$1.225.

Dec 26th, 2000. Good - Down move in 6 days is $0.425. However, better down move
followed.

Jan 23rd, 2001. Excellent - 6 day down move is $2.45. The Jan 30th close, not shown,
was $77.625.

Summary:
I would give the theory pretty high marks for correlation on the current LC1G chart. The low
turning points on the full moon dates of Nov 10th and Jan 9th jump out. The high turning point
on the new moon date of Nov 24th jumps out. The correlation of the other new and full moons is
pretty good as well. And to top it off, the annual low occurred on a full moon on September
13th, 2000! My personal conclusion is that there is value in the theory that the moon influences
human behavior.
Tip: Pay attention to the phase of the moon.
As a result of this research, my brother has added the moon phase as another input to his
personal cattle market neural net forecasts. You are encouraged to do you own research and
arrive at your own conclusions. The material presented here has been limited to the examination
of one cattle chart for seven recent moon phase dates. Thorough research should involve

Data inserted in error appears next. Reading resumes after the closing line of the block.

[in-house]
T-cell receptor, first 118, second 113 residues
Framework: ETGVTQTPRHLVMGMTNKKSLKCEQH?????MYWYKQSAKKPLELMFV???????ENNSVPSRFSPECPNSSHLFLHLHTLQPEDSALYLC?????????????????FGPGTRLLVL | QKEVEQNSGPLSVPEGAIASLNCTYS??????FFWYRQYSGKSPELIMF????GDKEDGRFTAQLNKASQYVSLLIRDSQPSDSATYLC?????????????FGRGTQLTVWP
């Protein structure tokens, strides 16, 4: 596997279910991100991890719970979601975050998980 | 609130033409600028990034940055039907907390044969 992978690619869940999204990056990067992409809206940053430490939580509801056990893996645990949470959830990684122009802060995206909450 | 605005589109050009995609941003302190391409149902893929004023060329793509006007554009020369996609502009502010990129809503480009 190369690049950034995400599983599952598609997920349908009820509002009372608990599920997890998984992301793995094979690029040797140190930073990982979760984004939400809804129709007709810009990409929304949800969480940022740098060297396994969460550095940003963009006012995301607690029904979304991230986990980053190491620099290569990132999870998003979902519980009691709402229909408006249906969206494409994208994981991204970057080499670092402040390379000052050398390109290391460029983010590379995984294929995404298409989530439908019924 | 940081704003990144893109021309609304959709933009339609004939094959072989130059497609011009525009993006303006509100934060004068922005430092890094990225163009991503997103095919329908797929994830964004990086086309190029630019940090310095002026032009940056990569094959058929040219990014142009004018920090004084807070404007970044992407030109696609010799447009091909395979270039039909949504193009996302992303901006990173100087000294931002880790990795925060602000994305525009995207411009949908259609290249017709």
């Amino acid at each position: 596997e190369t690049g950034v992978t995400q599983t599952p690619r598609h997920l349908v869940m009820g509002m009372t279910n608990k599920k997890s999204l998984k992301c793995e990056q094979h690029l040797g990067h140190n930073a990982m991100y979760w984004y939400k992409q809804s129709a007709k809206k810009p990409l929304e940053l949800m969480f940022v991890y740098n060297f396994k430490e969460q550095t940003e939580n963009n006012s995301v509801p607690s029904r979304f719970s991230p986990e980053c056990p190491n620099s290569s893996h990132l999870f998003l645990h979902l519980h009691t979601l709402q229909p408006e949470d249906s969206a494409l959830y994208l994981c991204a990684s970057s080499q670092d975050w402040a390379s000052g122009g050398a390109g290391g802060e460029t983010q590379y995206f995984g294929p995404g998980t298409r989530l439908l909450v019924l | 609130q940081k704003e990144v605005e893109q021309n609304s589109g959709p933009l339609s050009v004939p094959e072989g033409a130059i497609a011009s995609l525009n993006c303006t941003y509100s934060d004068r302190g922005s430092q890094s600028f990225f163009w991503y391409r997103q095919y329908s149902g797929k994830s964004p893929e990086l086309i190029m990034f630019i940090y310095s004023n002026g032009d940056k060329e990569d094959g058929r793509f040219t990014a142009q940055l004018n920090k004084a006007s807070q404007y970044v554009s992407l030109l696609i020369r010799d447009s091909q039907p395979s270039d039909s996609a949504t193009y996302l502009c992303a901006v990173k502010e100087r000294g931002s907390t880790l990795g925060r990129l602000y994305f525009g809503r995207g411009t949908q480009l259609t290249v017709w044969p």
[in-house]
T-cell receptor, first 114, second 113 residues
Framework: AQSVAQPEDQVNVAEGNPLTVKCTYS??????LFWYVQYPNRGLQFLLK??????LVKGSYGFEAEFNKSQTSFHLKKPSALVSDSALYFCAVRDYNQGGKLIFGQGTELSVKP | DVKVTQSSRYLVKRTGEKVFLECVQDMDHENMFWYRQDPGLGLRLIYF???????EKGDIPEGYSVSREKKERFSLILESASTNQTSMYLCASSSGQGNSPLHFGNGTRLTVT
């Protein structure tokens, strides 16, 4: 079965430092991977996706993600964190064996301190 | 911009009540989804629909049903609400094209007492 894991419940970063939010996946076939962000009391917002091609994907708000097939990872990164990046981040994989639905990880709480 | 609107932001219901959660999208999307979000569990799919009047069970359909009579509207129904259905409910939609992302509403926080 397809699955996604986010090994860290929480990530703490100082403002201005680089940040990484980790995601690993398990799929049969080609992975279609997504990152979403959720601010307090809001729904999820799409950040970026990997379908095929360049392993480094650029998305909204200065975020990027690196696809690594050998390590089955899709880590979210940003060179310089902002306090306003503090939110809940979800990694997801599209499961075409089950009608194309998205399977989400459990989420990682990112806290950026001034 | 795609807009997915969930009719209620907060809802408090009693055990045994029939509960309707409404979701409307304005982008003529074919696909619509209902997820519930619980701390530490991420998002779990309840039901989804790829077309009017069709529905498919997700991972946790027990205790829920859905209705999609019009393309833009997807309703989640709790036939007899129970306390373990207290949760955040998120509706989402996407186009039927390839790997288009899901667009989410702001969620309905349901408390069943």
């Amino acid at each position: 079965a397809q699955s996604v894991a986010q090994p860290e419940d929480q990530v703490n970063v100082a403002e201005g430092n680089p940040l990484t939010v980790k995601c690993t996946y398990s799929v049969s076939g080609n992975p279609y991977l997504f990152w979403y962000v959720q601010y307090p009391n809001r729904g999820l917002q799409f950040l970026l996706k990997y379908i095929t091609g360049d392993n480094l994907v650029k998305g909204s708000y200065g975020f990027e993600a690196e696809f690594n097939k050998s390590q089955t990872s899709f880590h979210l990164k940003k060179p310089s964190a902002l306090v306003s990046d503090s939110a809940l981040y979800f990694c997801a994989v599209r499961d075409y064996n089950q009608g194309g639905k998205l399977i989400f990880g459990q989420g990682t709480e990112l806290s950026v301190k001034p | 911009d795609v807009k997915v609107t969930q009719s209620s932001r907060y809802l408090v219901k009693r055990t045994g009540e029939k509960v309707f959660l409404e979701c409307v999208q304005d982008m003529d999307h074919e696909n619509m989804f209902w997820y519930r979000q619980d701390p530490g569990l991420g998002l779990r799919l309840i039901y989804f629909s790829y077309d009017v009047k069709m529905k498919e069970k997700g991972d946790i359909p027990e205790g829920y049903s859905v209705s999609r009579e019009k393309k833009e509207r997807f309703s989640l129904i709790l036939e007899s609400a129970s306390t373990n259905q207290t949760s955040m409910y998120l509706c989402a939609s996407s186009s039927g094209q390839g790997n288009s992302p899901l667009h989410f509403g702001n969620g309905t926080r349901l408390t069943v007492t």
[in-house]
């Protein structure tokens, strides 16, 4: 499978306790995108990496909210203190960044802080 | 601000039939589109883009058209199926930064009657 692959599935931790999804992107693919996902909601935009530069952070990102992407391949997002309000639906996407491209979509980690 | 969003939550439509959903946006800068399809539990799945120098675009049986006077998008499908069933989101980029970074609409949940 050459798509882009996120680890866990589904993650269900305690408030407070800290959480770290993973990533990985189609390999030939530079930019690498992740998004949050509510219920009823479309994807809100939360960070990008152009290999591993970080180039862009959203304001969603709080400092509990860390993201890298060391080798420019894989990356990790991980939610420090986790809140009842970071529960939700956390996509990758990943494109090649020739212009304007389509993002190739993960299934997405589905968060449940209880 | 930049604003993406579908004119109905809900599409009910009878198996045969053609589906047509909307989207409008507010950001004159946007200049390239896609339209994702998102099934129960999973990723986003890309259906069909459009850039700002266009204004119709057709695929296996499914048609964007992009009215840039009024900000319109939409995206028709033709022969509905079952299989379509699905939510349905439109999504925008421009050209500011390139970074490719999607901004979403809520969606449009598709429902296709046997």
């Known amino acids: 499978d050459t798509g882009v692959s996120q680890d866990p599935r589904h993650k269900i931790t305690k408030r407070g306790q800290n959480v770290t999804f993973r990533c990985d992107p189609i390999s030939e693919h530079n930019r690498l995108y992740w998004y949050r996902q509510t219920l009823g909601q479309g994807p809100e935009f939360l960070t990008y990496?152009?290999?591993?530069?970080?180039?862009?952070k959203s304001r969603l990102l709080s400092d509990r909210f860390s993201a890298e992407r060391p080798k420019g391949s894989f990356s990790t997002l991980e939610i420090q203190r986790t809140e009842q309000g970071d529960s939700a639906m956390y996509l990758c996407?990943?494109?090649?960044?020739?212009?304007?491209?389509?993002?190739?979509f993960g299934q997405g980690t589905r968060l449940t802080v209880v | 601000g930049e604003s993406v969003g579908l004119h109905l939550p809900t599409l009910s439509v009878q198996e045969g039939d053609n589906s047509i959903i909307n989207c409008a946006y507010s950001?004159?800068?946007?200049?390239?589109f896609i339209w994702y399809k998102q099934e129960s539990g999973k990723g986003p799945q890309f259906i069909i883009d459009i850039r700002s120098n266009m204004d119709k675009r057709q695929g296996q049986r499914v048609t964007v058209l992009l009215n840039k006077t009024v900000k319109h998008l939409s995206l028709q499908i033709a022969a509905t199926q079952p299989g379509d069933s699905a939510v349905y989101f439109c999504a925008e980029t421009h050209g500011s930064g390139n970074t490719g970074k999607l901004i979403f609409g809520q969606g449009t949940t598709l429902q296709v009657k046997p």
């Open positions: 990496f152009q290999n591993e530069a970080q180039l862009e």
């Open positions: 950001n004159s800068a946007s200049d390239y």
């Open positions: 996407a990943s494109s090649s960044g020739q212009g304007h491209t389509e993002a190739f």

evaluating lots of charts and lots of moon dates.
Research:
Square Root Theory
by Howard Arrington

William Dunnigan did extensive research in the early 1950's and published in 1954 and 1955.
He used the square root theory as part of his calculation of a profit objective. He considered this
method a 'golden' key and received recognition for his work in various journals. The square root
theory is that prices move in units of the square root, meaning prices at $64 (8 squared) would
move to $49 (7 squared) or to $81 (9 squared). The forecast price is one point up or down,
based on the square root. The theory says a price may move to a level that is a multiple of the
square root.
Since LC1G was used as an illustration in the first article, I thought you might be interested to
see the square root theory applied to the cattle chart. Nothing is a better teacher of a principle
than an example.

Let's forecast a price based on the Sept 13th low of $70.050. The first step is to normalize the
price to the range of 100 to 1000 by adjusting the decimal point. Find the square root of the
normalized value, add 1 point or a multiple number of points, and square this value to obtain the
forecast price.
1)
2)
2)
3)
4)
5)

Normalize 70050 to be 700.50


Square root of 700.50 is 26.467
Adding 1 gives a value of 27.467
27.467 squared is 754.43, which is the midpoint of the up move in the middle of November.